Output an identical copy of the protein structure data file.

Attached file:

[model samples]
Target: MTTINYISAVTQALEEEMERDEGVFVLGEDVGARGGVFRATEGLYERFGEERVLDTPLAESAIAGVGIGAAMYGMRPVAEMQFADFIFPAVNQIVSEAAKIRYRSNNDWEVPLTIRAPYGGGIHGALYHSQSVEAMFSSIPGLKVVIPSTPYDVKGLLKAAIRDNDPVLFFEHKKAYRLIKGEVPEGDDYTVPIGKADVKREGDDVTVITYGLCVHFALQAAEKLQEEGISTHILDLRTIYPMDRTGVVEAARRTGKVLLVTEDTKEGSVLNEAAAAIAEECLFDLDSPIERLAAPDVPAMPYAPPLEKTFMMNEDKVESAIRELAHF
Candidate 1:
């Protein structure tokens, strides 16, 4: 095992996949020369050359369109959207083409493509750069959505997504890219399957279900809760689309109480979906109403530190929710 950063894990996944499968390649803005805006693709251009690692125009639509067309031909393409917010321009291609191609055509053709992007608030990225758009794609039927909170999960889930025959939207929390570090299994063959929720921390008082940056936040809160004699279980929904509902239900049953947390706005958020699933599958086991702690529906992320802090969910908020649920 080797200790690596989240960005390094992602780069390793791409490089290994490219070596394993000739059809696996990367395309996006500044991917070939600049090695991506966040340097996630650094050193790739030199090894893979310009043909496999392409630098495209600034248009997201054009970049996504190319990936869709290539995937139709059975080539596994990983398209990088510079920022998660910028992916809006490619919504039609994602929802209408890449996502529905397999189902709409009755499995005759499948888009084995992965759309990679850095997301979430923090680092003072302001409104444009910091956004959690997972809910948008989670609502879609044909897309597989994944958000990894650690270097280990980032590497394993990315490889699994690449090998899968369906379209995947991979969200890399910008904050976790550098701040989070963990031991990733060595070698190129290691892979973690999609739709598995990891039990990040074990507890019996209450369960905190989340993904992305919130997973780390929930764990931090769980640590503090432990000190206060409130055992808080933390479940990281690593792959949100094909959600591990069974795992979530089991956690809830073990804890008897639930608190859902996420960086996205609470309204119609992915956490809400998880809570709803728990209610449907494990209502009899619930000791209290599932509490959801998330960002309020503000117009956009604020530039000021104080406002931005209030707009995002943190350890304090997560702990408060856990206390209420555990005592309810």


[model samples]
Target: MTTINYISAVTQALEEEMERDEGVFVLGEDVGARGGVFRATEGLYERFGEERVLDTPLAESAIAGVGIGAAMYGMRPVAEMQFADFIFPAVNQIVSEAAKIRYRSNNDWEVPLTIRAPYGGGIHGALYHSQSVEAMFSSIPGLKVVIPSTPYDVKGLLKAAIRDNDPVLFFEHKKAYRLIKGEVPEGDDYTVPIGKADVKREGDDVTVITYGLCVHFALQAAEKLQEEGISTHILDLRTIYPMDRTGVVEAARRTGKVLLVTEDTKEGSVLNEAAAAIAEECLFDLDSPIERLAAPDVPAMPYAPPLEKTFMMNEDKVESAIRELAHF
Candidate 1:
């Protein structure tokens, strides 16, 4: 095992996949020369050359369109959207083409493509750069959505997504890219399957279900809760689309109480979906109403530190929710 950063894990996944499968390649803005805006693709251009690692125009639509067309031909393409917010321009291609191609055509053709992007608030990225758009794609039927909170999960889930025959939207929390570090299994063959929720921390008082940056936040809160004699279980929904509902239900049953947390706005958020699933599958086991702690529906992320802090969910908020649920 080797200790690596989240960005390094992602780069390793791409490089290994490219070596394993000739059809696996990367395309996006500044991917070939600049090695991506966040340097996630650094050193790739030199090894893979310009043909496999392409630098495209600034248009997201054009970049996504190319990936869709290539995937139709059975080539596994990983398209990088510079920022998660910028992916809006490619919504039609994602929802209408890449996502529905397999189902709409009755499995005759499948888009084995992965759309990679850095997301979430923090680092003072302001409104444009910091956004959690997972809910948008989670609502879609044909897309597989994944958000990894650690270097280990980032590497394993990315490889699994690449090998899968369906379209995947991979969200890399910008904050976790550098701040989070963990031991990733060595070698190129290691892979973690999609739709598995990891039990990040074990507890019996209450369960905190989340993904992305919130997973780390929930764990931090769980640590503090432990000190206060409130055992808080933390479940990281690593792959949100094909959600591990069974795992979530089991956690809830073990804890008897639930608190859902996420960086996205609470309204119609992915956490809400998880809570709803728990209610449907494990209502009899619930000791209290599932509490959801998330960002309020503000117009956009604020530039000021104080406002931005209030707009995002943190350890304090997560702990408060856990206390209420555990005592309810």